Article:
# So, math stuff. I like the “complete lattice”. I understand it. But I also like “constructive mathematics”. Intuitionistic logic. But without “law of excluded middle”, how do you get nice, clean separation between stuffs? Googling Constructive mathematics “complete lattice” and I get my next research: _Tarski’s lattice theoretical fixed point theorem_ which sounds really really familiar. I think I’ve been here before and here I am again.

So, math stuff.
I like the “complete lattice”. I understand it.
But I also like “constructive mathematics”. Intuitionistic logic.
But without “law of excluded middle”, how do you get nice, clean separation between stuffs?

Googling
Constructive mathematics “complete lattice”
and I get my next research:

_Tarski’s lattice theoretical fixed point theorem_

which sounds really really familiar. I think I’ve been here before and here I am again.
So, using my standard technique of:
a) Find influential paper
b) Go down a chain of popular citings until something sounds interesting.
c) Try to understand at least a piece of something that’s way over my head.
So, I ended up here. 260 pgs. I can’t read math symbols but sometimes I can gleam from text what something means.Introduction to Bisimulation and Coinduction
Davide Sangiorgi

Induction is a pervasive tool in computer science and mathematics for defining objects and reasoning on them. Coinduction is the dual of induction and as such it brings in quite different tools. Today, it is widely used in computer science, but also in other fields, including artificial intelligence, cognitive science, mathematics, modal logics, philosophy and physics. The best known instance of coinduction is bisimulation, mainly employed to define and prove equalities among potentially infinite objects: processes, streams, non-well-founded sets, etc. This book presents bisimulation and coinduction: the fundamental concepts and techniques and the duality with induction. Each chapter contains exercises and selected solutions, enabling students to connect theory with practice. A special emphasis is placed on bisimulation as a behavioural equivalence for processes. Thus the book serves as an introduction to models for expressing processes (such as process calculi) and to the associated techniques of operational and algebraic analysis.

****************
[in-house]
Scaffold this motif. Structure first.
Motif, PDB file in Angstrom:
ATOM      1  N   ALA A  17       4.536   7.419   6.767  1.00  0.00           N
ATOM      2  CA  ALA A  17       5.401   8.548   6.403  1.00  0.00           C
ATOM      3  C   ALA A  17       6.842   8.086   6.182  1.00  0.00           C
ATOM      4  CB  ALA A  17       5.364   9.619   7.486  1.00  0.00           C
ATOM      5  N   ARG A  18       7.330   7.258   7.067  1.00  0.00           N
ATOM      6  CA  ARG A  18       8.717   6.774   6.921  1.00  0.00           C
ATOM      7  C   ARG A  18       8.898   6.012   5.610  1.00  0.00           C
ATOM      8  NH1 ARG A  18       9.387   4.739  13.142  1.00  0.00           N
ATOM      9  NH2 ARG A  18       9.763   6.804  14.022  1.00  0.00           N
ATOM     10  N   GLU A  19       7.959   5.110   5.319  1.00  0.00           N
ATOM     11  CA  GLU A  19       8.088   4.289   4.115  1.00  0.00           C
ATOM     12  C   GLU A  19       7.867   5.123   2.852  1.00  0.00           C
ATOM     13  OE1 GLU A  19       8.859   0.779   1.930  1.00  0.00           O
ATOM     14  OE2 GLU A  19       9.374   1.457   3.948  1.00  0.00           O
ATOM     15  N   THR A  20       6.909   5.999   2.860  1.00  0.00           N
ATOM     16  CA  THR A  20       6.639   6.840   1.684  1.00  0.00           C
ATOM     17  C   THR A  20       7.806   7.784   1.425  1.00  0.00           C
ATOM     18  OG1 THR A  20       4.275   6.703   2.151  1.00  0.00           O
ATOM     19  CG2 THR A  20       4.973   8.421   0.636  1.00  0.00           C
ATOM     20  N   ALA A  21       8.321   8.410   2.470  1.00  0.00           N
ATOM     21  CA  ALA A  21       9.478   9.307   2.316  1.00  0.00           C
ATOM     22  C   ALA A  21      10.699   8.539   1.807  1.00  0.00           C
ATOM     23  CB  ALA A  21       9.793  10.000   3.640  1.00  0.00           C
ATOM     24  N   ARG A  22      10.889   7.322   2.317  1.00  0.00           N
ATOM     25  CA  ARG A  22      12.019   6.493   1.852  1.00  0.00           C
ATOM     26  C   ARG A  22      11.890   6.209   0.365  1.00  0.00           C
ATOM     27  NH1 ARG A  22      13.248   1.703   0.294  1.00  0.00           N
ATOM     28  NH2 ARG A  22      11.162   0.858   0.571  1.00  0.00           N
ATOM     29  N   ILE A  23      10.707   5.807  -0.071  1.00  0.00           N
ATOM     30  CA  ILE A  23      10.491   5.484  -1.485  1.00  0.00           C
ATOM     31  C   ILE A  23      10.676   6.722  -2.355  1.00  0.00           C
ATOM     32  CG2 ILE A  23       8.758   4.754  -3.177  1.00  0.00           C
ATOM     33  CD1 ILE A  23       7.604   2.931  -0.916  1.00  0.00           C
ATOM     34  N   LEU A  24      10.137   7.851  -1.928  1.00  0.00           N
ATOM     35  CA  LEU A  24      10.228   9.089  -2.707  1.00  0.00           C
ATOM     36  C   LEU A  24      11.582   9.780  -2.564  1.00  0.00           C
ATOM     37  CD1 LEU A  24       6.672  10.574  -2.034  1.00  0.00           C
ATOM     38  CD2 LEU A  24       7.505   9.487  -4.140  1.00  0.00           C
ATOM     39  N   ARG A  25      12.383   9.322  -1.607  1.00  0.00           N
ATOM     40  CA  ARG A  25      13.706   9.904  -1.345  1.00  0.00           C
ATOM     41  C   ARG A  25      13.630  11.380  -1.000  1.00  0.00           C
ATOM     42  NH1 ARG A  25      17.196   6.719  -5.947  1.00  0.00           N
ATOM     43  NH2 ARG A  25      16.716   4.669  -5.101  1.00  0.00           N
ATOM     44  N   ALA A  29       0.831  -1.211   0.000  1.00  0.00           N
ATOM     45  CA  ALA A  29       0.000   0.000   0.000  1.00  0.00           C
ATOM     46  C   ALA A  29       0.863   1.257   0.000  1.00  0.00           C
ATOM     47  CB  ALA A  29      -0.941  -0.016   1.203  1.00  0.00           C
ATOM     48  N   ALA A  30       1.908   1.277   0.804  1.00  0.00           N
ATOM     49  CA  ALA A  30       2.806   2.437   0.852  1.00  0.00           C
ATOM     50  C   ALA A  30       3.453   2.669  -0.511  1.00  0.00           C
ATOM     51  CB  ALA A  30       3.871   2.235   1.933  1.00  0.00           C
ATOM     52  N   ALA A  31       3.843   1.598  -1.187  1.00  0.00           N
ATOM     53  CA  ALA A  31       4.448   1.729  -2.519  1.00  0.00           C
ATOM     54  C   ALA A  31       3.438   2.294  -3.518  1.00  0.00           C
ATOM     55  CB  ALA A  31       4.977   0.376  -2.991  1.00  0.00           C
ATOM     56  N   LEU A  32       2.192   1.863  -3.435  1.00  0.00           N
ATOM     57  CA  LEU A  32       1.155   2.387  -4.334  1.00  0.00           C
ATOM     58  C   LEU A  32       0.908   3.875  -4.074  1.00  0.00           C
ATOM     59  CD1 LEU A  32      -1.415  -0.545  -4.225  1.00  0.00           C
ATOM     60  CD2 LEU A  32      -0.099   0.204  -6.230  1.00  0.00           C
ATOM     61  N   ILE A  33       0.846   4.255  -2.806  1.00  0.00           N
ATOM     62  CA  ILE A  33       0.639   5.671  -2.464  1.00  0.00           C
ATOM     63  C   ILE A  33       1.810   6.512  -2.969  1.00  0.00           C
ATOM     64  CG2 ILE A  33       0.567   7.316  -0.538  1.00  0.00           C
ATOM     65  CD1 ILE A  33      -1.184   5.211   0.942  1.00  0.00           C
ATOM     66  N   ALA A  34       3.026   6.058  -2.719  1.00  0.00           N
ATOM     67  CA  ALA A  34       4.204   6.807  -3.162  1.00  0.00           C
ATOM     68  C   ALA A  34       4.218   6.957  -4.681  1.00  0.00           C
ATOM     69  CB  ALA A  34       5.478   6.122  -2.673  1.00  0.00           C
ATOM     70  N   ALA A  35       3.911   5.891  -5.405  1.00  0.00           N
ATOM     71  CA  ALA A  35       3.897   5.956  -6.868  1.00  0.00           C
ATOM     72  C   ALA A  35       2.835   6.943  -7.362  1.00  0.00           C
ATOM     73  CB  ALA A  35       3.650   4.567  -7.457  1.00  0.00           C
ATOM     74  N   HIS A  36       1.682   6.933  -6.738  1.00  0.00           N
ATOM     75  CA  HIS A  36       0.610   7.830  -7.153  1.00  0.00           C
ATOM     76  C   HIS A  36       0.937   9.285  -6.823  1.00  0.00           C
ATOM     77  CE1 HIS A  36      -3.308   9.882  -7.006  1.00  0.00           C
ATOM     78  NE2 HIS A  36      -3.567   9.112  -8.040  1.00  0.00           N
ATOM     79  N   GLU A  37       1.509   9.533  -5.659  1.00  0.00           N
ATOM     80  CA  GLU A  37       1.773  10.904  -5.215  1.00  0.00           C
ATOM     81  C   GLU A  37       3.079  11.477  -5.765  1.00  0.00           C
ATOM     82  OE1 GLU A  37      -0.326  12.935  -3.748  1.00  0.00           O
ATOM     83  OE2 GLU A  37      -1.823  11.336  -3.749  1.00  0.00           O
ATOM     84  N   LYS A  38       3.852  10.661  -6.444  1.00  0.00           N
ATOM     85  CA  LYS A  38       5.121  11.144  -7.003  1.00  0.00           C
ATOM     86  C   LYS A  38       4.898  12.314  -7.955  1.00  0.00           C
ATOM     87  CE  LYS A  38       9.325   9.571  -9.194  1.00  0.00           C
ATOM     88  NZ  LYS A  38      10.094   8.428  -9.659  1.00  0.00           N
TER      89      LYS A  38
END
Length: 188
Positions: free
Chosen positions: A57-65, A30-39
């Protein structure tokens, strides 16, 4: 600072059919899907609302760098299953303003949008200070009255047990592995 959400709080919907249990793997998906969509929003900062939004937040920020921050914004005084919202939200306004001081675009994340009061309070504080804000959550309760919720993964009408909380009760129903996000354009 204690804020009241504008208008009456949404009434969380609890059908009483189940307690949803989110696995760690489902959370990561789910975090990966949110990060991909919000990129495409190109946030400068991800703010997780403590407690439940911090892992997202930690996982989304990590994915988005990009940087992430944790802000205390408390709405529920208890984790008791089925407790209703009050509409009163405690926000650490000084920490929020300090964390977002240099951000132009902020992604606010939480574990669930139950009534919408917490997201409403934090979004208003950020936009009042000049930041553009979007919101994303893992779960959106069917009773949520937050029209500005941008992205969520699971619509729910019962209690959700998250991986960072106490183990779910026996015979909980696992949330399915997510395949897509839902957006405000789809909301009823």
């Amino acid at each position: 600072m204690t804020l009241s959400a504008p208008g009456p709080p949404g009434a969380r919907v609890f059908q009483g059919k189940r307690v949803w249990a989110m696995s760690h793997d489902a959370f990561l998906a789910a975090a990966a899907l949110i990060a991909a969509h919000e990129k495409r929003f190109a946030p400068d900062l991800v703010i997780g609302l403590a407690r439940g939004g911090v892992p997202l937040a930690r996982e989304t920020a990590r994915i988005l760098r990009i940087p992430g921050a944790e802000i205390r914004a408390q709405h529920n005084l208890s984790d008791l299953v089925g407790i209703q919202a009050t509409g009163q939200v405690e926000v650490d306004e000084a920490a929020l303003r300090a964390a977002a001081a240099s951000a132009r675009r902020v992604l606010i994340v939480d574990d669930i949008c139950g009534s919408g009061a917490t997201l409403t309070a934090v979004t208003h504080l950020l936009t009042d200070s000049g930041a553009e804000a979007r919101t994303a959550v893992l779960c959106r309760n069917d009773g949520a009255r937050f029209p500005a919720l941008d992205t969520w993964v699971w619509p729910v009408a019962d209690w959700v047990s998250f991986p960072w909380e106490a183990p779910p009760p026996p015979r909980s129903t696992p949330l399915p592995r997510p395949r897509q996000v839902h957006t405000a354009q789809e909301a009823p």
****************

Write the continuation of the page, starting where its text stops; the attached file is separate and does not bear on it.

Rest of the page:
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That’s what I like to do. Finding the right keywords can be tricky but once I ‘hit it’ it’s a really satisfying feeling reading somebody else working on the same problem I was thinking of.I’m often disappointed though. I’ll *think* I find “THE PAPER” or book and go through it, nodding “yes yes yes” but then there will be something that derails it where they go down the wrong path.

That’s a sinking feeling when that happens, but I’m still grateful that at least me and the paper author/s rode together for a ways at least.

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I read this comment _after_ I made my other comment – and watching a paper derail is different than us taking different forks down the same trail  In the case of a finding “the right paper”, matching up is key. But in our life paths / interest paths, forking is good.
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